Tuesday, 1 November 2016

Hampered health market a blinding failure for southern patients


Did you hear news this morning that ophthalmologists in Southland are so overworked that eye patients are losing vision in their long wait for available specialists. “The condition of 30 people who are losing their eyesight has worsened because of significant delays in treatment at Dunedin and Southland hospitals,” says RNZ.

Six of the worst-affected patients have had severe eyesight loss.
    A further 4600 people have received letters from Southern District Health Board (DHB) this week saying their eye operations are overdue…
    "Twenty-four of the patients have had to have additional health interventions."
    Some patients waited five times as long to be seen as they clinically should have…

The reason, according to Southlands health bureaucrats? Too many patients, and too many new treatments with which to treat them.

So you might find yourself thinking, wow, if only Southland had more ophthalmologists, right?

Well, just remember that it was not that long ago that Southland ophthalmologists were “working to block Australian doctors from performing routine eye procedures in Southland.”

Southern Health received Government funding for an extra 225 cataract operations and tried to get two Australian ophthalmologists to perform the procedures.
    But one of the doctors did not complete the operations he was contracted for after New Zealand surgeons failed to clear him to do the work.
    The second was apparently told it was not in his career interests to operate in Invercargill.

Implicated in this protectionist racket were five eye surgeons including both the president and vice president of the Ophthalmological Society of New Zealand – the eye surgeons’ trade union. This was the culture within these entities and their union: their margins were more important than their patients’ health, such that an eye surgeon from out of town was told “it was not in his career interests to operate in Invercargill.”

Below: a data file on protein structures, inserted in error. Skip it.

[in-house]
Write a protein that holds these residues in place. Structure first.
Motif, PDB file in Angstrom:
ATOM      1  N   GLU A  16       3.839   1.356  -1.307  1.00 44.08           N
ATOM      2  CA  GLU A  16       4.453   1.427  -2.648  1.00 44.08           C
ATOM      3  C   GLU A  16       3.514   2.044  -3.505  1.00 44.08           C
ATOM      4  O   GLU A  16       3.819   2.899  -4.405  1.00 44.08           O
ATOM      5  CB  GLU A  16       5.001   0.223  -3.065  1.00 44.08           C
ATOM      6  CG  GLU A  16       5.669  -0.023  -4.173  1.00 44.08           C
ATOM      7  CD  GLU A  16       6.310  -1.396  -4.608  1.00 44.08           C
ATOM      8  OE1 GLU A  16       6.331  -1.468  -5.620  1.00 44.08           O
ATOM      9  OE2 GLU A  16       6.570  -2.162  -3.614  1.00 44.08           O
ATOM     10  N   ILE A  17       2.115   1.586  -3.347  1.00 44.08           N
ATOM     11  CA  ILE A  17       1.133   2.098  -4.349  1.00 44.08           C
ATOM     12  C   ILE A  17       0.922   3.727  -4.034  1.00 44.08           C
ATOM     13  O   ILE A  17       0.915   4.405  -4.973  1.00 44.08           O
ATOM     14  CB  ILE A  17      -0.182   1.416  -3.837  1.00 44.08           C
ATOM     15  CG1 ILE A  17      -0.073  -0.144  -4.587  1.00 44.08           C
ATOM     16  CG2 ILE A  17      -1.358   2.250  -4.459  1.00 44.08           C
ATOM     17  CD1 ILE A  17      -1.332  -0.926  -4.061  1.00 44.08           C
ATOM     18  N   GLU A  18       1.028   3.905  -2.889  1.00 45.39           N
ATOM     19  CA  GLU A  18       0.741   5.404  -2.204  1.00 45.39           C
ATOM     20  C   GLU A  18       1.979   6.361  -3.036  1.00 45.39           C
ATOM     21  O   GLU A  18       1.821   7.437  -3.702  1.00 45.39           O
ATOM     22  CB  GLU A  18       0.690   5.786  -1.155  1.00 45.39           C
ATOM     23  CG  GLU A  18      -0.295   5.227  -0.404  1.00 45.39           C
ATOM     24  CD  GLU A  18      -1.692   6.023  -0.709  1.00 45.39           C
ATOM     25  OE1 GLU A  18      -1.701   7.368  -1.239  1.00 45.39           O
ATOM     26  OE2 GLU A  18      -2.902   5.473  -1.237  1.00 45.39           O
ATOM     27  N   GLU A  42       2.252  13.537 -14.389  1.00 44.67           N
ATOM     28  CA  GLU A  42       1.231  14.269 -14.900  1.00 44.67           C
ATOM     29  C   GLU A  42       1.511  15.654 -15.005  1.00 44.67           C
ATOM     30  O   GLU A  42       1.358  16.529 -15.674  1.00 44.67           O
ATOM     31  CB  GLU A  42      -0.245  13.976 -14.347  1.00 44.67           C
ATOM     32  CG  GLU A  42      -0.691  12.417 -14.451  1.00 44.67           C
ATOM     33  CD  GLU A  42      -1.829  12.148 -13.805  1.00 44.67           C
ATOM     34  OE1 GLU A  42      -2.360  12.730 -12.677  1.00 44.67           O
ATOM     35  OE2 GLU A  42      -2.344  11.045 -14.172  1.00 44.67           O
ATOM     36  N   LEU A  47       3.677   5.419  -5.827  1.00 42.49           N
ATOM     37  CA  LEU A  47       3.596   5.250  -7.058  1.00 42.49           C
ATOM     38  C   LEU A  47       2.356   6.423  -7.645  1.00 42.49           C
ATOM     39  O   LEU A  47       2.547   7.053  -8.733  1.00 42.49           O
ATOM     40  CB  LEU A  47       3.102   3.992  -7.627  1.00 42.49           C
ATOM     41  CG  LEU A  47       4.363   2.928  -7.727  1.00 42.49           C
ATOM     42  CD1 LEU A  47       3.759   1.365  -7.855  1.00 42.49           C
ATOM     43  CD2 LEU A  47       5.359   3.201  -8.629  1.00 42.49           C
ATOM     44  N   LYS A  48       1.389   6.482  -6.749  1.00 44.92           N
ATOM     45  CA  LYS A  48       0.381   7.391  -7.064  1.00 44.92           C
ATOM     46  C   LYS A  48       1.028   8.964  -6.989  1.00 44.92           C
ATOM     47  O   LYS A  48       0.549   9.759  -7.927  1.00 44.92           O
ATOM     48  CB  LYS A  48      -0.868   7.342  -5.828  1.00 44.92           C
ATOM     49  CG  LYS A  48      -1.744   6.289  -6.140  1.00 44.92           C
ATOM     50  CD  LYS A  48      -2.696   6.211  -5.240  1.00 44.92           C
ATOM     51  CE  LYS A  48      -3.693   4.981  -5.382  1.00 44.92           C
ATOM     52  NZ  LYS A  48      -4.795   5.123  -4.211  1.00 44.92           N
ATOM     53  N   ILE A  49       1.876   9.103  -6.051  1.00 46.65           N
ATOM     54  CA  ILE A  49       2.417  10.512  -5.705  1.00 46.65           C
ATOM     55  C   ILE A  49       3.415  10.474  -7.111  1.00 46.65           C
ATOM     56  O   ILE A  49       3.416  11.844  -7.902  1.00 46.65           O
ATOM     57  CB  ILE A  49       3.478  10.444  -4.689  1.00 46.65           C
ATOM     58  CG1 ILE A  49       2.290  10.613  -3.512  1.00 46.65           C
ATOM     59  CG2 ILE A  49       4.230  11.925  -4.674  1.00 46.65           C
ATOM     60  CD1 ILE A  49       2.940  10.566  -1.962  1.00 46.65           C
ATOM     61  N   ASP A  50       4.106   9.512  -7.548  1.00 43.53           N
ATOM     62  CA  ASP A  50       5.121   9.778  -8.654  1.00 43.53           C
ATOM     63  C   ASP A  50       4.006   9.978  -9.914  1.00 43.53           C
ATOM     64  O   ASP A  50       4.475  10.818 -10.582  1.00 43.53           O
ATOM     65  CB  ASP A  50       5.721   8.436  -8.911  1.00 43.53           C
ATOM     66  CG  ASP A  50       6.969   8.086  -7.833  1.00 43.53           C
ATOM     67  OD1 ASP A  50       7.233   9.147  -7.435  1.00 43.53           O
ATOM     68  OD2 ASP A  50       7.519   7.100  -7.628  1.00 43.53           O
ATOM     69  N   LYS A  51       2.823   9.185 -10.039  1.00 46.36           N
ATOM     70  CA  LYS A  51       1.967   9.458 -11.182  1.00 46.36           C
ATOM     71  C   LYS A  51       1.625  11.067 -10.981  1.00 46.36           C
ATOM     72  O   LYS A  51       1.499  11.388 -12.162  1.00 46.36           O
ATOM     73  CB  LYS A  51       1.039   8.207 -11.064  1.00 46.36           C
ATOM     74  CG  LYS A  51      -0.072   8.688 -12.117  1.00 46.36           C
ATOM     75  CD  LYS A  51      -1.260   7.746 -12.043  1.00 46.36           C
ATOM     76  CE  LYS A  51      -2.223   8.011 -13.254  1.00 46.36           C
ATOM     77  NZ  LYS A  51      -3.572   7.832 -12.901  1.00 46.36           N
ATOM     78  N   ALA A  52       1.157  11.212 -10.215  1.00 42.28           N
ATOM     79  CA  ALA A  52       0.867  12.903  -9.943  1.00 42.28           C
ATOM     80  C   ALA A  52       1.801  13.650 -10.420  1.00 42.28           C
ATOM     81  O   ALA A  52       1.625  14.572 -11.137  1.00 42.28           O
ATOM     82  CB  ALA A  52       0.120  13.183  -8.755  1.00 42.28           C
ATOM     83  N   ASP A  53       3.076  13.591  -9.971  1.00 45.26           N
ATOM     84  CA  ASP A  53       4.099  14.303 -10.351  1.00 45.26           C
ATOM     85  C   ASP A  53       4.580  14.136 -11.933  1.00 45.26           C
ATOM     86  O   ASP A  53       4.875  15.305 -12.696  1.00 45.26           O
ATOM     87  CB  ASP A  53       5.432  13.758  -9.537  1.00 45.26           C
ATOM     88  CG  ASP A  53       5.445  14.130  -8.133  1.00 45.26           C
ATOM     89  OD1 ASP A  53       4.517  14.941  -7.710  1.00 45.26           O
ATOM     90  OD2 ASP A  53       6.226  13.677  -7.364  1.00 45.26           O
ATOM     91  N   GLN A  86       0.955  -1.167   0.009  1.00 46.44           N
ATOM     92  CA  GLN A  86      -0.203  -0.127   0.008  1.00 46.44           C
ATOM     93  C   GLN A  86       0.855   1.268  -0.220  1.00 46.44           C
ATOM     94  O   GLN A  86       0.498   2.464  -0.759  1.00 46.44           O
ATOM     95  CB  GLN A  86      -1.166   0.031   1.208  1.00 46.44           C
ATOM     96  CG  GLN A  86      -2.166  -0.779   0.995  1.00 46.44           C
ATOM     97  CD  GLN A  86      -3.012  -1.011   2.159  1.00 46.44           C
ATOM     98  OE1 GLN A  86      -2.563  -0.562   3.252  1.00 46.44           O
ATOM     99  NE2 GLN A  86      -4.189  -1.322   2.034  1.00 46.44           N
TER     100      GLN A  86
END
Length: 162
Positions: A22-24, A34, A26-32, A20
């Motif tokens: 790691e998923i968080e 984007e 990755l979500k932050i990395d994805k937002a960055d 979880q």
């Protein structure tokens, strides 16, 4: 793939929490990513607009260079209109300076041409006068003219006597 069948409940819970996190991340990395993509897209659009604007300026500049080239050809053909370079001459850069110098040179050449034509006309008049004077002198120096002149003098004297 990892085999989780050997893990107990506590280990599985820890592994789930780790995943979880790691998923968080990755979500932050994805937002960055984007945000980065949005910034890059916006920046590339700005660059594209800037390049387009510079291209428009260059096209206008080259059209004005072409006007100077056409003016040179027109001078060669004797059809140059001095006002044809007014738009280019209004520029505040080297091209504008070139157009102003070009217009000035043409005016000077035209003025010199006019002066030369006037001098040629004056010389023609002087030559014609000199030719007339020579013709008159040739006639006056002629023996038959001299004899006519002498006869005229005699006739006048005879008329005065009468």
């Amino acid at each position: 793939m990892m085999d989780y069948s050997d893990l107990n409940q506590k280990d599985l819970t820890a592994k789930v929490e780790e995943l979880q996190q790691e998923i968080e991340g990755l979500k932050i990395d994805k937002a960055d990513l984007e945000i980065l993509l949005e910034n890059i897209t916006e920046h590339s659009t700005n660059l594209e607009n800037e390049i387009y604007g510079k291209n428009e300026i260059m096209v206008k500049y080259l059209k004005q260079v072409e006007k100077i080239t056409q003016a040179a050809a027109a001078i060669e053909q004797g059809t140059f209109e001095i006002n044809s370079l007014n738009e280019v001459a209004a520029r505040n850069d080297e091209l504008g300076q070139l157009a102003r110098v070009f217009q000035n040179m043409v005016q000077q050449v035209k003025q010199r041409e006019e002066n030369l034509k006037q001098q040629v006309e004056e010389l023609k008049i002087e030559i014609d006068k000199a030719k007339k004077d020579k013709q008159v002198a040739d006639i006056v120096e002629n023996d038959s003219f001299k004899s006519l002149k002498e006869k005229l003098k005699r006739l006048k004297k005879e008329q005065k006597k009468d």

Does that culture still hinder the employment of eye surgeons down south? Well, some of those operating this protectionist racket are still in practice. And while fining these low-lifes a token sum as penance once the practice was exposed, the operations were still undone, and the law still protects those without this trade-union’s accreditation from saving patients’ eyes. So it is still a factor.

And there is a lesson here. What happens in unhampered markets when there’s a big increase in demand for haircuts, massage therapy or ice cream? More barbers, masseuses and purveyors of delightful desserts see this as a boon, and come hither in search of higher margins. What happens in hampered markets when patients losing their eyesight need urgent treatment? See above.


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